BYU Students Share Letters & Reflections on Scripture
BYU (Brigham Young University) is operated by The Church of Jesus Christ of Latter-day Saints, often mistakenly called the “Mormon Church.” As part of their undergraduate coursework, BYU students take multiple semesters of spiritually uplifting, stimulating religion classes.
In this series (see below), students enrolled in scripture study classes have shared their thoughts, insights, and reflections on the Book of Mormon in the form of letters to someone they know. We invite you to take a look at their epiphanies and discoveries as they delve into the scriptures.
In publishing these, we fulfill their desire to speak to all of us of the relevance, power and beauty of the Book of Mormon, a second witness of Jesus Christ and complement to the Bible. The Book of Mormon includes the religious history of a group of Israelites who settled in ancient America. (The names they use are those of prophets who taught the Book of Mormon peoples to look forward to the coming of Christ—Nephi, Lehi, Alma, Helaman, and other unfamiliar names. We hope those names will become more familiar to you as you read their inspiring words and feel the relevance and divinity of their messages through these letters.)
Let us know if you’d like to receive your own digital copy of the Book of Mormon, and/or if these messages encourage and assist you spiritually as well.
That They May Be Humble
Letter to one who may be frustrated by some weakness
We are all human. None of us are perfect. Far from it, actually. Very far. We sneak extra candy from our bags at Halloween, we make up excuses so that we don’t have to hang out with someone that annoys us, we watch mind-numbing amounts of TV, we procrastinate, we are petty. We aren’t good at speaking in public, we aren’t good at communicating intelligibly with the opposite sex, we can’t spell or use technology properly. Some of us are addicted to things that can harm us, some of us have fears and doubts that prevent us from having normal working lives. Like I said, none of us are perfect.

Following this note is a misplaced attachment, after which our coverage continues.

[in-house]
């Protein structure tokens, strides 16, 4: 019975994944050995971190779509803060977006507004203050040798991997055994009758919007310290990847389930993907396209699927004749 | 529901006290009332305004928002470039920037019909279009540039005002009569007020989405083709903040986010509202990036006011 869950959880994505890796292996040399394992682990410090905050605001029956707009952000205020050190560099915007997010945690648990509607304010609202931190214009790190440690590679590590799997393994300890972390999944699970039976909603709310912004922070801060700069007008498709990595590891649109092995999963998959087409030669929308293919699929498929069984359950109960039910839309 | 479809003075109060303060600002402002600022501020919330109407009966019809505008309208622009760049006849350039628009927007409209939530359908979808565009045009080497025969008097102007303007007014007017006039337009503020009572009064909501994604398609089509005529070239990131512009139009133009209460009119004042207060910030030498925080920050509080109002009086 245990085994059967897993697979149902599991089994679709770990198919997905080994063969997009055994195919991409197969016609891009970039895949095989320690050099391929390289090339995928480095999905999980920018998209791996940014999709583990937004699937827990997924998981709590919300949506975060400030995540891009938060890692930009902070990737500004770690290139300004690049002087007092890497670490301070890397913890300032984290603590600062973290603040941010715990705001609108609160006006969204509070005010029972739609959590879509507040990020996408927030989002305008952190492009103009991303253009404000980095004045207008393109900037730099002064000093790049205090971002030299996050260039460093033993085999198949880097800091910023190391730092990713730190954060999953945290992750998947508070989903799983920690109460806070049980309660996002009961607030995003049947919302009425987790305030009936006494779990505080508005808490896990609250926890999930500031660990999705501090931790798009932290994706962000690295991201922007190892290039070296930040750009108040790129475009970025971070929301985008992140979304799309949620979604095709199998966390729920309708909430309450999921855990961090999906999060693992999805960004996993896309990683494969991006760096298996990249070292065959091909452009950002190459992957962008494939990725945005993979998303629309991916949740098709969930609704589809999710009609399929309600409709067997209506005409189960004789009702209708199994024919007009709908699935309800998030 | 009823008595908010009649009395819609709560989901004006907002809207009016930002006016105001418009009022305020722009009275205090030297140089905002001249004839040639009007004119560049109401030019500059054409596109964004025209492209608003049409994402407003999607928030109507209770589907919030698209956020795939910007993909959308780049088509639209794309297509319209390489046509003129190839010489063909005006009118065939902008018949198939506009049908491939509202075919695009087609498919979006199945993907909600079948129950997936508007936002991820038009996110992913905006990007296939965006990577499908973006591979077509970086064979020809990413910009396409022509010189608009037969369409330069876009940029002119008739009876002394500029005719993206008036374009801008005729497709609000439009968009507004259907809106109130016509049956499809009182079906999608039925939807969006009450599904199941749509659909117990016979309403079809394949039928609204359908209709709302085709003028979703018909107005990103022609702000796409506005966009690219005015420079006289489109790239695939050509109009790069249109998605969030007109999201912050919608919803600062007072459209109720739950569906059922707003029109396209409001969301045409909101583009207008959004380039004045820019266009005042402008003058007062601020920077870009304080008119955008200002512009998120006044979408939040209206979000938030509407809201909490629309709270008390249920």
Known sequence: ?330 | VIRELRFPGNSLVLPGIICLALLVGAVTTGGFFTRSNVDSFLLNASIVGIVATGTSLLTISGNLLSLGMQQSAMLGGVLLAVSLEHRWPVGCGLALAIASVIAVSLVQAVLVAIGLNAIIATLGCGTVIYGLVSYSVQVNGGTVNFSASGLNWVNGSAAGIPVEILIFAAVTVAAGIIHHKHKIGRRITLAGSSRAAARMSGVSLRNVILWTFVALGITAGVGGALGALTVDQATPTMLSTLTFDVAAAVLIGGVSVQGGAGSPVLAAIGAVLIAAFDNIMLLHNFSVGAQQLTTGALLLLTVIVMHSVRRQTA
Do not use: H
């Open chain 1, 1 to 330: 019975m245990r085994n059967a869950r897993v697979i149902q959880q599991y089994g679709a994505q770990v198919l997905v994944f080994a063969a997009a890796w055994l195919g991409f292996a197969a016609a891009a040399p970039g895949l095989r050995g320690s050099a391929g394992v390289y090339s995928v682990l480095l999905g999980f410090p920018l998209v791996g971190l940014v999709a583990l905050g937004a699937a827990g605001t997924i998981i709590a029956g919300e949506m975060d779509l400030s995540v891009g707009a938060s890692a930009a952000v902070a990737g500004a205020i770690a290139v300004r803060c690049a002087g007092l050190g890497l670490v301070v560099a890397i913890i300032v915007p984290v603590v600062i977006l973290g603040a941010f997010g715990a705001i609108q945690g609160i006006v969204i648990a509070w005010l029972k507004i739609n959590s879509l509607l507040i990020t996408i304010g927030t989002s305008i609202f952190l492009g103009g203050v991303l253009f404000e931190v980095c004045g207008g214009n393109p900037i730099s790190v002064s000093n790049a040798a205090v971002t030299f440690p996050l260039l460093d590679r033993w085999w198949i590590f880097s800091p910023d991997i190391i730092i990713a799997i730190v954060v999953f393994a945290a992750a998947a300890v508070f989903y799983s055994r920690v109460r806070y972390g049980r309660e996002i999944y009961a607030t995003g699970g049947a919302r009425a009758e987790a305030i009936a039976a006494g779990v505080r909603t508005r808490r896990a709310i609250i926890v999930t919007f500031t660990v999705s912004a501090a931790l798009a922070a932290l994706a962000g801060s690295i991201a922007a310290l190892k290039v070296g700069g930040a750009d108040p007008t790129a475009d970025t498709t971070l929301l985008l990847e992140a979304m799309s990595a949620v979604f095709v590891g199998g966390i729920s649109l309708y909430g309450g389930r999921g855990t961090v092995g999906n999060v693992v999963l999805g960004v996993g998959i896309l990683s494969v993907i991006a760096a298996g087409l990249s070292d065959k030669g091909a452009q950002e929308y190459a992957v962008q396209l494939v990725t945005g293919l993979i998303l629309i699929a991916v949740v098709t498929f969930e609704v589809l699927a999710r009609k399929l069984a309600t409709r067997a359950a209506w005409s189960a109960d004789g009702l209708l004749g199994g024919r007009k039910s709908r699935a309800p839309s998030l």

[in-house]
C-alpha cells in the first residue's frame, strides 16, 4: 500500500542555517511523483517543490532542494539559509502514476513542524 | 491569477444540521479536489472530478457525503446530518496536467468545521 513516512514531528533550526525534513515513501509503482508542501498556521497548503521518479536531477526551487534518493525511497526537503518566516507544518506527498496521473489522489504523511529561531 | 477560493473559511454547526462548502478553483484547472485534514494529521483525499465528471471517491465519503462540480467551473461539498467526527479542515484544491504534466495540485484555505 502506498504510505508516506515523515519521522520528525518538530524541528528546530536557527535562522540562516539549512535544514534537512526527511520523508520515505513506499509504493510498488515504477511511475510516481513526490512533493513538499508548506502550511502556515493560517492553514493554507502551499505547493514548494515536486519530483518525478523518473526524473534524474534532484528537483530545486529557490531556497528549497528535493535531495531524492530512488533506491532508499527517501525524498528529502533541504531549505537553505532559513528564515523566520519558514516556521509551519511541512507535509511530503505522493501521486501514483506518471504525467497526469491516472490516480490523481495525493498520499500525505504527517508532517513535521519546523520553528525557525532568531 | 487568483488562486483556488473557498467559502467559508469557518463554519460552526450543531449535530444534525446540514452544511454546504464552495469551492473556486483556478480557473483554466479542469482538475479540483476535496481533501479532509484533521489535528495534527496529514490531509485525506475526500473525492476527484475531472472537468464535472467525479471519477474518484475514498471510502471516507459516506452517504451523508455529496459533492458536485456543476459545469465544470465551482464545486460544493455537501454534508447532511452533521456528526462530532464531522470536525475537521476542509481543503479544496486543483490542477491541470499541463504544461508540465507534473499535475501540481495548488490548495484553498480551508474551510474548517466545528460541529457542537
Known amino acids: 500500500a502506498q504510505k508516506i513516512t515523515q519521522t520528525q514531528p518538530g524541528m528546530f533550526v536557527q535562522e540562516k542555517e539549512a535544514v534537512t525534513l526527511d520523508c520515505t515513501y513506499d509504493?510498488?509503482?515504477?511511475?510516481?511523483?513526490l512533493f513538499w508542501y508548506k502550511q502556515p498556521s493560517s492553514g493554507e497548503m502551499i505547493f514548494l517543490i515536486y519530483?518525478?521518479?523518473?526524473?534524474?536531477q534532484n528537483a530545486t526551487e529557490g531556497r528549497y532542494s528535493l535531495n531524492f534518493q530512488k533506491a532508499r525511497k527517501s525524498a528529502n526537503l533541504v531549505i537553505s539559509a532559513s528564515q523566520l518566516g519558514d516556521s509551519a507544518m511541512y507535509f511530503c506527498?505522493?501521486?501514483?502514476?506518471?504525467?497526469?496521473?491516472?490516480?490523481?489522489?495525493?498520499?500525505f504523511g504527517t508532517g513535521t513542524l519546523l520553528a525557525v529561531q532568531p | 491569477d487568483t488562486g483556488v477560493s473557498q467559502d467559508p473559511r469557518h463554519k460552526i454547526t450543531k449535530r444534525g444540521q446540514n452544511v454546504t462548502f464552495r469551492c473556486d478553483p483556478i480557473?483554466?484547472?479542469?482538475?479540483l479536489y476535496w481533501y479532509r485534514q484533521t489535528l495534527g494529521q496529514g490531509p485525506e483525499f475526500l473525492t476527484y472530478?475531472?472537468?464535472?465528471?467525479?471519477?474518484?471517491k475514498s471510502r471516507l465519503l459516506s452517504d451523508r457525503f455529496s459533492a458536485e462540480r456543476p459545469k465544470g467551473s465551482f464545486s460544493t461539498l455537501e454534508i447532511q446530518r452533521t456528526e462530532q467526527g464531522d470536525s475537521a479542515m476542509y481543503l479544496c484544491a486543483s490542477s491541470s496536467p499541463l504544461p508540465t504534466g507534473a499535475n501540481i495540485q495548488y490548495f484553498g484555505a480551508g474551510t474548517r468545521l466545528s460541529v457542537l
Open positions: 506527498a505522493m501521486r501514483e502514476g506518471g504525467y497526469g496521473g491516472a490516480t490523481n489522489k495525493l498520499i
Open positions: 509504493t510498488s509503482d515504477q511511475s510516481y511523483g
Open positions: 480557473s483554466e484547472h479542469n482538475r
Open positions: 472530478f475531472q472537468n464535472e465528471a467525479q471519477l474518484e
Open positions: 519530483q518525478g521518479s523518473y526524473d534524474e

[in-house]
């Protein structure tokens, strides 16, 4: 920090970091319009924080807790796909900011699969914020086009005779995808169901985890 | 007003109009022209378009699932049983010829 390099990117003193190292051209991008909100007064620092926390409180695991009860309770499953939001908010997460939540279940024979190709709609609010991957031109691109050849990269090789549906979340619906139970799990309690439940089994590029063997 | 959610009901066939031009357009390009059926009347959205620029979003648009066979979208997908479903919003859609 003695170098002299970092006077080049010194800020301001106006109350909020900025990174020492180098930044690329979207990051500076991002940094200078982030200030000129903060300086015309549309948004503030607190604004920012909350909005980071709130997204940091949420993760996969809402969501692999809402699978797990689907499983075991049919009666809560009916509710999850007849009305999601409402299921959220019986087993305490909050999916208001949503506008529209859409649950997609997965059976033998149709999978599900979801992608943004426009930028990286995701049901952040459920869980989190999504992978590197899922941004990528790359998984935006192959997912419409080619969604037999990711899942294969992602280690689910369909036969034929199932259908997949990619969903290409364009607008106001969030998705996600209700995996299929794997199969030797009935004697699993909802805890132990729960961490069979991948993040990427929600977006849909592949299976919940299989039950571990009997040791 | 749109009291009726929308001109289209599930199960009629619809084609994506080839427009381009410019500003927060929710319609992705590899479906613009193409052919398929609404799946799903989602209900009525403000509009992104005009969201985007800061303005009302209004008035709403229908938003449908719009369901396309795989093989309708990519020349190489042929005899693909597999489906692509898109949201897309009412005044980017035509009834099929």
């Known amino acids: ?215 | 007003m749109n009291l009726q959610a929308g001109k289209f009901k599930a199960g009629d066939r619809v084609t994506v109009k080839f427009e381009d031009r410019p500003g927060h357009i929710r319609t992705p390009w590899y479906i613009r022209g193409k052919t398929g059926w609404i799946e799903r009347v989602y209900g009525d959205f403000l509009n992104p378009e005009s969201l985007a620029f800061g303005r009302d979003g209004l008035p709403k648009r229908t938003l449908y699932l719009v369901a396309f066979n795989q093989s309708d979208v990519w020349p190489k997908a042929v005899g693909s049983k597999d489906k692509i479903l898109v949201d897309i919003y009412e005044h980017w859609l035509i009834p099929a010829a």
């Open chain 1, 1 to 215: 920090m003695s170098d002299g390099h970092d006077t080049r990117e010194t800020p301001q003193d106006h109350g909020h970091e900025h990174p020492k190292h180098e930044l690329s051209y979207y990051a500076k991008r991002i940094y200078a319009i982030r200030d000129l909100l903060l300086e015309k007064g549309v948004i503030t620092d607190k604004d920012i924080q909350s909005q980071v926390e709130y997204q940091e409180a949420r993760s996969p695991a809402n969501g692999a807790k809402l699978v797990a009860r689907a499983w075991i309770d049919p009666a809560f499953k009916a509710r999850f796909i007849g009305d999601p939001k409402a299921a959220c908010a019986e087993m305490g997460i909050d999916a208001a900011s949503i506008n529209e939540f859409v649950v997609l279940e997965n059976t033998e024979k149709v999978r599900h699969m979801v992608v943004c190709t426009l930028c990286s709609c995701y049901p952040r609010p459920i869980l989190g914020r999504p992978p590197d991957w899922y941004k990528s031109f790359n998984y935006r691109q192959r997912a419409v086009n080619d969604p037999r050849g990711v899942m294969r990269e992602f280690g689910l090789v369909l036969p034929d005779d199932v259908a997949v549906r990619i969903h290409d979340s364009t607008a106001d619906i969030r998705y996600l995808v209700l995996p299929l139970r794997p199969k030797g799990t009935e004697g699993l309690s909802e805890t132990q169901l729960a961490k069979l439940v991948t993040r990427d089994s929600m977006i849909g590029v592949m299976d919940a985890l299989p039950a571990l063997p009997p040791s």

Quite often, we get caught up in our weaknesses; the little things that we find wrong with ourselves get pushed to the fronts of our minds and, sometimes, it’s all we can think about. We feel inadequate or worthless and we let our weaknesses define us. But that is not what we should do. We should never be ashamed of our weaknesses, no matter how bad we think they are.
In Ether chapter 12 of the Book of Mormon, verse 27 states, “I give unto men weakness that they may be humble; and my grace is sufficient for all men that humble themselves before me.”
We are human; we are imperfect. That is the way the Heavenly Father made us, so that we could be humbled. Jeffrey R. Holland, one of the twelve apostles of The Church of Jesus Christ of Latter-day Saints said, “Except in the case of His only perfect Begotten Son, imperfect people are all God has ever had to work with. That must be terribly frustrating to Him, but He deals with it. So should we.” No matter what our weaknesses may be, we can deal with them. We can work around them and use them as opportunities to better ourselves and to humble ourselves before the Lord, to ask Him for His help in overcoming them.
Dieter F. Uchtdorf, the Second Counselor in the First Presidency of the Church of Jesus Christ of Latter-Day Saints said, “Everyone has strengths and weaknesses. It’s wonderful that you have strengths and it is part of your mortal experience that you do have weaknesses. God wants to help us to eventually turn all of our weaknesses into strengths, but He knows that this is a long-term goal. He wants us to become perfect, and if we stay on the path of discipleship, one day we will. It’s okay that you’re not quite there yet. Keep working on it, but stop punishing yourself.”
So yes, you may be really bad at writing essays; you may be addicted to a harmful substance; you may be a liar or a cheater or have really poor time management skills. Whatever the case may be, Heavenly Father is willing to work with you and help you with your weaknesses if you would but go to Him humbly. It’s okay that you’re not quite there yet. Keep working on it, but stop punishing yourself.
One who is most humbled by her weaknesses